Grant Supports Trail Enhancement Project in Mt Baker – Snoqualmie National Forest

Trail maintenance is critical to the long-term sustainability of a trail network – meeting the increased demand for recreation, without negatively impacting the landscape.

For more than 20 years, the Mountains to Sound Greenway Trust’s Stewardship Program has been focused on improving existing trails to accommodate a growing population, increasing access, and improving trail safety.

The Middle Fork Snoqualmie River Valley is one of King County, Washington’s last truly wild places, with old-growth forests, alpine lakes and peaks, white-water rivers, strong native trout runs and healthy populations of bear, elk, and cougar. Located only a 40 minute from downtown Seattle on I- 90, the Middle Fork has huge potential as a major recreational destination for the Seattle metropolitan area.

Twenty years ago, the valley was known for its chop shops, meth labs, and illegal dumping and shooting. A coalition of public and private partners spearheaded an intense clean-up, land acquisition, and recreation planning campaign to restore the valley and improve public access. In 2013, the Federal Highways Administration began a multi-year effort to repave the existing gravel road into the valley – thus significantly increasing the accessibility of the Middle Fork Valley.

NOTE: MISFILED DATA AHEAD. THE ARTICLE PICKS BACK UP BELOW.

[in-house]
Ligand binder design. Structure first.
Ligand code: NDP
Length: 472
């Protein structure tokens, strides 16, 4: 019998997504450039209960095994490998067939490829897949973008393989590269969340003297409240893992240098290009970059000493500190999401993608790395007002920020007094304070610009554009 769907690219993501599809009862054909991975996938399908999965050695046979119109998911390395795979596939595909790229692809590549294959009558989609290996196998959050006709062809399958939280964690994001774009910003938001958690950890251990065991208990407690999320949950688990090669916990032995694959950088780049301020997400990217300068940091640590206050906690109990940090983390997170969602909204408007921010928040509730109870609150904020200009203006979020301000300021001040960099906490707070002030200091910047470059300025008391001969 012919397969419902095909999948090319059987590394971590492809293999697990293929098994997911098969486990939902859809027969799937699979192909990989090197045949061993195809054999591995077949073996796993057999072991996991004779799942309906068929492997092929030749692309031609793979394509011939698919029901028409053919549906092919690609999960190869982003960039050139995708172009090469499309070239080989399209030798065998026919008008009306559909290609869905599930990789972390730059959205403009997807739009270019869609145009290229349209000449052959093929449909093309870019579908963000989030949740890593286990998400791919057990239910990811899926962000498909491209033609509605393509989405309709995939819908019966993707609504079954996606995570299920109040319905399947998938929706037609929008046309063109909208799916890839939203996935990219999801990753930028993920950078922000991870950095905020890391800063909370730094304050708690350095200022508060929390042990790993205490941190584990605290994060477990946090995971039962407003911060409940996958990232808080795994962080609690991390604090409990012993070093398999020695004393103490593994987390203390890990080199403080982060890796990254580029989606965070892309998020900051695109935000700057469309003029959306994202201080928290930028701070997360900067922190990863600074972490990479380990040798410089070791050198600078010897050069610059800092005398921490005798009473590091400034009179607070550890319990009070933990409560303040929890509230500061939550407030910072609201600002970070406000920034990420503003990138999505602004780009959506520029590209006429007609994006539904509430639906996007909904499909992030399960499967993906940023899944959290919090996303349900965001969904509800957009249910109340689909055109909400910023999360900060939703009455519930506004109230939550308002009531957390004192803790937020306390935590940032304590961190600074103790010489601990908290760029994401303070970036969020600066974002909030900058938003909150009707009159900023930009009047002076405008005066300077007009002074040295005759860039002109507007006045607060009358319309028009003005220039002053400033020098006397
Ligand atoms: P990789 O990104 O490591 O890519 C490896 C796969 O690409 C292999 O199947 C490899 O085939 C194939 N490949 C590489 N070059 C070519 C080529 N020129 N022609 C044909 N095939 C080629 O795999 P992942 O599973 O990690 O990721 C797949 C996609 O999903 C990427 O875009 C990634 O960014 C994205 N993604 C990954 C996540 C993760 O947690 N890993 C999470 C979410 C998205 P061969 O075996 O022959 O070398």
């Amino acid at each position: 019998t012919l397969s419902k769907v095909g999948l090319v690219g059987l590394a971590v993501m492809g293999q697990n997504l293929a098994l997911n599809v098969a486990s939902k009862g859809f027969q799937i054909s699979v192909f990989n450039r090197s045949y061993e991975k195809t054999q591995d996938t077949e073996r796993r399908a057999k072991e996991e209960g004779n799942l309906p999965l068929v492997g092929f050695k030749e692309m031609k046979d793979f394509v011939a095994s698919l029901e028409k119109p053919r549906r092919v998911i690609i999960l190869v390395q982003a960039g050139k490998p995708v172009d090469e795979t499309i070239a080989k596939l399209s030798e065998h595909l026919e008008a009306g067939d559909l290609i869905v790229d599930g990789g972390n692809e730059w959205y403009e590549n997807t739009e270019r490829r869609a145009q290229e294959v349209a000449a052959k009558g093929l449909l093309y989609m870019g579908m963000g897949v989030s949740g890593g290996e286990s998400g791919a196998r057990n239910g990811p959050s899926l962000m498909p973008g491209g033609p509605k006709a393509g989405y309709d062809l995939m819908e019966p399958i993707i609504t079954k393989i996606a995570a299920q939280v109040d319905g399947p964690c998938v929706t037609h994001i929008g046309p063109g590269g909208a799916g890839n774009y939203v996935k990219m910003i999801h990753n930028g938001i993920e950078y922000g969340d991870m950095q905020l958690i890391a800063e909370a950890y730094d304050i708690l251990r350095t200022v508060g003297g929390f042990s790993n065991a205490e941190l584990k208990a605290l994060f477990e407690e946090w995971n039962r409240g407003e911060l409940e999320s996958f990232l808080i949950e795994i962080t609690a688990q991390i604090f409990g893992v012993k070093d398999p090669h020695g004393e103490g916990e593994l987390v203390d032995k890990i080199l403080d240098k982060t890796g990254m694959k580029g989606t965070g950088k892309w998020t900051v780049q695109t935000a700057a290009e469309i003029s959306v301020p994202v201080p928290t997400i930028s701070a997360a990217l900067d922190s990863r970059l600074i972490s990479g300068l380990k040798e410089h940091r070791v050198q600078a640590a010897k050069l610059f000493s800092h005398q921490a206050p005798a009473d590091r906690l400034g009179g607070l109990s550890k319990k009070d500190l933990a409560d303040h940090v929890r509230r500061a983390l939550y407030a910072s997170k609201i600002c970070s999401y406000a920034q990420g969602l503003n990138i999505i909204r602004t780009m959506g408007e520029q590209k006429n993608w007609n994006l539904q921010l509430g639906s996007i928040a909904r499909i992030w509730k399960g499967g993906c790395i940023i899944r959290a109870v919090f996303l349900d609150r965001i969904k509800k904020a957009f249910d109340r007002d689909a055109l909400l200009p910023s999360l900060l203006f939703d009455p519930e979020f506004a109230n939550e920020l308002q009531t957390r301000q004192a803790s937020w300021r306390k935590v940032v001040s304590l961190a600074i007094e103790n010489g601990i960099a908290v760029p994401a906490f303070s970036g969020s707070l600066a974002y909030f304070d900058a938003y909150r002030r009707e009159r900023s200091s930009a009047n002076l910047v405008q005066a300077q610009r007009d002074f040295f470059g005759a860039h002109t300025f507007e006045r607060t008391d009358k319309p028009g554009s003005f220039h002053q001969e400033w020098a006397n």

To prepare for this increased use, the Greenway Trust applied for and won a grant from the National Forest Foundation’s Matching Awards Program with a matching contribution provided by Waste Management of Washington, Inc., and worked collaboratively with the U.S. Forest Service and the Middle Fork Outdoor Recreation Coalition to complete a number of improvements to wildland trails in the Middle Fork Valley, including:

  • Maintaining more than 10 miles of wildland trails.
  • Installing and upgrading trail structures, including converting 200 feet of puncheon to turnpike.
  • Engaging community volunteers (including youth) in volunteer maintenance projects.
  • Redeveloping the Dingford Creek Trailhead, including the installation of a CXT toilet, enhanced parking facilities, and other amenities.

National Forest Foundation has been a long-time supporter of the Greenway Trust, and this project is another success in the regional effort to restore the ecological health of the Middle Fork Snoqualmie River Valley and provide sustainable, year-round recreational opportunities and access to the valley and the adjacent Alpine Lakes Wilderness Area.